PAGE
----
Medicaid is not the same thing as Medicare, although they are often confused with one another. Medicaid is a medical assistance program for elderly or disabled people who have lower income. In some cases, it may also provide medical assistance for young people who receive welfare. Medicare offers the same medical benefits to all who are enrolled in the program regardless of their income, while Medicaid is managed by the state, and only includes those who meet state requirements.
For Ohio, children who are 19 and under, pregnant women, families with children who are younger than 19, people with disabilities, adults 65 years and older, those who meet Medicaid citizenship requirements, Ohio residents, people who possess a Social Security number, and certain women who are screened for breast and/or cervical cancer can qualify for Medicaid. If you need help creating a Medicaid plan, please contact me, the Canton, OH probate lawyer at Elizabeth A. Burick Co. L.P.A., today.
In regards to estate planning, Medicaid planning can help you meet the financial requirements and preserve some of your estate for your spouse or dependents if you are unable to pay for long-term care. Using legal options under the Medicaid requirements, a probate attorney may be able to ensure that your spouse or dependents are financially secure while using Medicaid in various ways. One of them is transferring assets. If you give away property to someone who’s not your spouse, you may temporarily not qualify for Medicaid.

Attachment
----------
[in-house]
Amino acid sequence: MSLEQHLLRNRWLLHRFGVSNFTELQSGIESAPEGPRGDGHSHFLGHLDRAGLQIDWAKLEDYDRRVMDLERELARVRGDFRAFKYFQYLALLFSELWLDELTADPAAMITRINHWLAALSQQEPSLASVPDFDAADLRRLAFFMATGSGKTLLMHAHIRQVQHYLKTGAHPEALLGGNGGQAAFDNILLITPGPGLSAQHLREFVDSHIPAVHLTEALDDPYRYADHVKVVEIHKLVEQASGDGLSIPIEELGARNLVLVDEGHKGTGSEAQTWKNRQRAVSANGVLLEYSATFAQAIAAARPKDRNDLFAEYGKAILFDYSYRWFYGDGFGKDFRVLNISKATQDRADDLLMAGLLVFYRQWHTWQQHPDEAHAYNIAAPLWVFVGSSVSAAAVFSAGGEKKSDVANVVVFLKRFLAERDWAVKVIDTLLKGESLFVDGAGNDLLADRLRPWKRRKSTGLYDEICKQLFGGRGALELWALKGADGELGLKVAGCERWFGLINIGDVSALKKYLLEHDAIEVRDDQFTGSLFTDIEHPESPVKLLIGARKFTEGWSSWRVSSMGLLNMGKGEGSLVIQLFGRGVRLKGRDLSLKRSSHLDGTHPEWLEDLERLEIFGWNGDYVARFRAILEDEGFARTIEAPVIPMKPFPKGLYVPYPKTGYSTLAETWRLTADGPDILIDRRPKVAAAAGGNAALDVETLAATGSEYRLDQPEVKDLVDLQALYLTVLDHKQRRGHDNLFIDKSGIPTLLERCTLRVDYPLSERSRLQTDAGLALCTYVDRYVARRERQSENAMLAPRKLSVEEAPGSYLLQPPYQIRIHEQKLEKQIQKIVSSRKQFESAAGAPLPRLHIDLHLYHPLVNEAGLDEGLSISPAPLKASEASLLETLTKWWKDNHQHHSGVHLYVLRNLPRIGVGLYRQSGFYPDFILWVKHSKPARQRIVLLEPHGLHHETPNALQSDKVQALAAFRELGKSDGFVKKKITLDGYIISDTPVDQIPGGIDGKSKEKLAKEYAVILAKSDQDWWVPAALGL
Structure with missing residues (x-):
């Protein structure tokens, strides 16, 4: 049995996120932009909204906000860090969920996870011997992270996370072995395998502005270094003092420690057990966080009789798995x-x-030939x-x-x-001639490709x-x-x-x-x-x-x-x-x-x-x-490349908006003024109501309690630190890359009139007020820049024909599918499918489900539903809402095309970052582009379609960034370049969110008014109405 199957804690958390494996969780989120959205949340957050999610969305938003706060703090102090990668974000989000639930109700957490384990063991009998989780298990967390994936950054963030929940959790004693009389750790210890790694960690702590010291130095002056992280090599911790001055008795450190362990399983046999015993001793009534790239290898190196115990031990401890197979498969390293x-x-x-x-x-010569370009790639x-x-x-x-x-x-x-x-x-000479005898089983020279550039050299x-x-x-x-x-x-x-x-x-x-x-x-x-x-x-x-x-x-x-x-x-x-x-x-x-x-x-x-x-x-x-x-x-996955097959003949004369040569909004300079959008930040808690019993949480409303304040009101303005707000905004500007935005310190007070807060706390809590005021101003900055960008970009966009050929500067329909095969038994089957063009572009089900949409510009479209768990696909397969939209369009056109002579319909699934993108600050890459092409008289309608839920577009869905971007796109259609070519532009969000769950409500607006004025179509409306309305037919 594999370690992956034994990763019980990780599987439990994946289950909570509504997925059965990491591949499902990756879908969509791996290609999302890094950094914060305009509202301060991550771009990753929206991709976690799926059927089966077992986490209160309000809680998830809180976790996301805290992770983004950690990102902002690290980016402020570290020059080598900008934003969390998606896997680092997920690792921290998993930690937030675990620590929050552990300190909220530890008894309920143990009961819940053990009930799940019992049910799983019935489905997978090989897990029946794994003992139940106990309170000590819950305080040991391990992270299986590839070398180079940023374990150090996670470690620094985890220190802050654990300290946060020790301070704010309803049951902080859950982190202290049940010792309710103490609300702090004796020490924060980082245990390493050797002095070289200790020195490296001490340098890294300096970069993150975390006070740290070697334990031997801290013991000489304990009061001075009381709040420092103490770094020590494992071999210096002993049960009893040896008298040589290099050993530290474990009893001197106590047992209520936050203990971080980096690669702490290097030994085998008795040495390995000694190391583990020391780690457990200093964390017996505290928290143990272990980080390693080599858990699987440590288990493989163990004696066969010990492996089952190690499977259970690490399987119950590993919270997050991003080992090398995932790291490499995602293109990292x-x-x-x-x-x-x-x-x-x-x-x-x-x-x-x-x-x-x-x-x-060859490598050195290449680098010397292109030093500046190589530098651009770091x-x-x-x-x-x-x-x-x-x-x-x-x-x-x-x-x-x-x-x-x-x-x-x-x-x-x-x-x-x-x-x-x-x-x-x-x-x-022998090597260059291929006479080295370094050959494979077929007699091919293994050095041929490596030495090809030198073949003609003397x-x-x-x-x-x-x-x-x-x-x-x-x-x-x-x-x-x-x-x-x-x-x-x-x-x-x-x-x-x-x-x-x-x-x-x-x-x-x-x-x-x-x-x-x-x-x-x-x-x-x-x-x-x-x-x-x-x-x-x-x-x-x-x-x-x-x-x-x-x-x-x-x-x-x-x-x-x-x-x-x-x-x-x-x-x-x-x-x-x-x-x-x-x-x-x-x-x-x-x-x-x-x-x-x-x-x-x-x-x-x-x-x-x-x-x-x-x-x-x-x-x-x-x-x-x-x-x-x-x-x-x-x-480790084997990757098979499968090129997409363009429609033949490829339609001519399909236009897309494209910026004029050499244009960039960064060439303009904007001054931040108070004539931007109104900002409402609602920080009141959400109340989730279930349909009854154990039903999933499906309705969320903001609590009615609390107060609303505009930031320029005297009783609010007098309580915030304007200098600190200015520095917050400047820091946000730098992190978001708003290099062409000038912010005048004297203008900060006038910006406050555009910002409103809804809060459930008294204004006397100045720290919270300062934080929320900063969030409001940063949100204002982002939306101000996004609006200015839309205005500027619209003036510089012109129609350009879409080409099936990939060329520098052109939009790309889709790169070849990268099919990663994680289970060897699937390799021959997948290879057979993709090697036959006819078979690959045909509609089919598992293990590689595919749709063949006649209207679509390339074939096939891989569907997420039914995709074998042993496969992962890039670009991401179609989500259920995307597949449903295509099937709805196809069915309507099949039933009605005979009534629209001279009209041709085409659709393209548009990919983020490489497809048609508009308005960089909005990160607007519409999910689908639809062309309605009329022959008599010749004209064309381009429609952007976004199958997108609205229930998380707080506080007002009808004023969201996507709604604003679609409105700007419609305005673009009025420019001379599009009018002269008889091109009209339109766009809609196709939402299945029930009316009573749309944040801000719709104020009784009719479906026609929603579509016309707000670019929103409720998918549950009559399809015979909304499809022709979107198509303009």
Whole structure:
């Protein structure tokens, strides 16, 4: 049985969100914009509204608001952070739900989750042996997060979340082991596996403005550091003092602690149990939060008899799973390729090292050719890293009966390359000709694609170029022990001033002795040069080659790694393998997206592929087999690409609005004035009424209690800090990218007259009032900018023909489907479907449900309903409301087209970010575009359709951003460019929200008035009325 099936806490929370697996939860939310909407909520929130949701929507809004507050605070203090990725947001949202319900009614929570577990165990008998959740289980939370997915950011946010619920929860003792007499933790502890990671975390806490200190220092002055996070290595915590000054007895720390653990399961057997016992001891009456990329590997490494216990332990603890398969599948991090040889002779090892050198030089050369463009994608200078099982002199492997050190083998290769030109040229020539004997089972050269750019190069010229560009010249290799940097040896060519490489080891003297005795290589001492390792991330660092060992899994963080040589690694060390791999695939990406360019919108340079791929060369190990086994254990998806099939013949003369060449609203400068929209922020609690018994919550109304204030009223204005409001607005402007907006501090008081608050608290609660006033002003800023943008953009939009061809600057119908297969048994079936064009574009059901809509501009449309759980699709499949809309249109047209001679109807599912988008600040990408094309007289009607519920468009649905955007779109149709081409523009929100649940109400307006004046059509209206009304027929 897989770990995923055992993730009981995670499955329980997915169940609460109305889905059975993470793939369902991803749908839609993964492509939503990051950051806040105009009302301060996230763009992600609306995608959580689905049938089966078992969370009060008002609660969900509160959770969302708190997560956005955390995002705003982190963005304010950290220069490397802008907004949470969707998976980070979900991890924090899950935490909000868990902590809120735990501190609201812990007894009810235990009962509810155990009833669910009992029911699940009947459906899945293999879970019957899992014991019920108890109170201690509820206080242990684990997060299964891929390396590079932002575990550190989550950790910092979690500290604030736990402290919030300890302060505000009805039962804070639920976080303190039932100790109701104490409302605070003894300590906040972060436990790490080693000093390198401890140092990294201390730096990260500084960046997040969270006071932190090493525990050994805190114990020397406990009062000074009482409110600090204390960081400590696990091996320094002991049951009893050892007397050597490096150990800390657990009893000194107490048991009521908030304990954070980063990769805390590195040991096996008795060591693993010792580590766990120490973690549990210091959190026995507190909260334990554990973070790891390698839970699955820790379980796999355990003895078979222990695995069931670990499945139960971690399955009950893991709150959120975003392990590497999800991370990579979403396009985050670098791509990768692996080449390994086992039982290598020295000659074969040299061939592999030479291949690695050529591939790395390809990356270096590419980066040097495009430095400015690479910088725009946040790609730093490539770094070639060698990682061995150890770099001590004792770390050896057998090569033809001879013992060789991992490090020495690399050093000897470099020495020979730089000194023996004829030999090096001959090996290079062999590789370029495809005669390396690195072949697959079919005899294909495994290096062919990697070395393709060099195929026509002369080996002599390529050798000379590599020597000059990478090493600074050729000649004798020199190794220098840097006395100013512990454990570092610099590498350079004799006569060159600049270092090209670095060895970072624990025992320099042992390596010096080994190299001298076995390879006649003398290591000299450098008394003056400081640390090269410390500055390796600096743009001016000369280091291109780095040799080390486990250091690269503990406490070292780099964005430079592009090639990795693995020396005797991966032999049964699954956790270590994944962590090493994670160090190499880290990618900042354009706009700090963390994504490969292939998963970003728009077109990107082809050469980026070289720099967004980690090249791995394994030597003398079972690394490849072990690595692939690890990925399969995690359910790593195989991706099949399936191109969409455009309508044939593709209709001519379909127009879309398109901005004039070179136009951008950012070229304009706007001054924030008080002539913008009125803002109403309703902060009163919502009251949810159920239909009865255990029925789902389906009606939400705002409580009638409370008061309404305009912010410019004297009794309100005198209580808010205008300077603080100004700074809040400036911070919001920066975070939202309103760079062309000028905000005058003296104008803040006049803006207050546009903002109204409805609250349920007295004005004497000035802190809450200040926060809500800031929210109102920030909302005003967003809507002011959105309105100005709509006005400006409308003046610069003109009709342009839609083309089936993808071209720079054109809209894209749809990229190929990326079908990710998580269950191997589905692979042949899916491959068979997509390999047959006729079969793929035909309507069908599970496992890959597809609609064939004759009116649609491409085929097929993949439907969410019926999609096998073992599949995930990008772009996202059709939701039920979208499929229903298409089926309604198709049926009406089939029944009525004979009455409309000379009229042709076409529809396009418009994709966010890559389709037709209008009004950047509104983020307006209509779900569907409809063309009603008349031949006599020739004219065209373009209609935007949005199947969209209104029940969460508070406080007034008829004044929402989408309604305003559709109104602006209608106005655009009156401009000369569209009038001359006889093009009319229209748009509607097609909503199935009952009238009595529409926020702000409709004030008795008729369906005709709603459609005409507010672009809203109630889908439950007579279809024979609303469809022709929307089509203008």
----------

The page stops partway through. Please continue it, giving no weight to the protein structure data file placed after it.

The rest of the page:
When applying, you must disclose any transfers you have made within the last 36 months, and for some trusts, you must disclose any transfers you have made within 60 months. A probate lawyer may be able to transfer assets in a way that you may still be able to apply for Medicaid. Another way to help manage long-term care costs is by creating and using trusts. If created 60 months prior to applying for Medicaid, you may still qualify for Medicaid, and slow the financial depletion on your estate.
Creating a Medicaid plan without legal assistance may be challenging. Congress is frequently changing laws regarding Medicaid, and only an experienced attorney may know the current Medicaid regulations. There are often special rules that apply to those in need of Medicaid that are extremely complicated, as well. As a native Ohio resident, I know the current laws, and may be able to help those who wish to apply for Medicaid.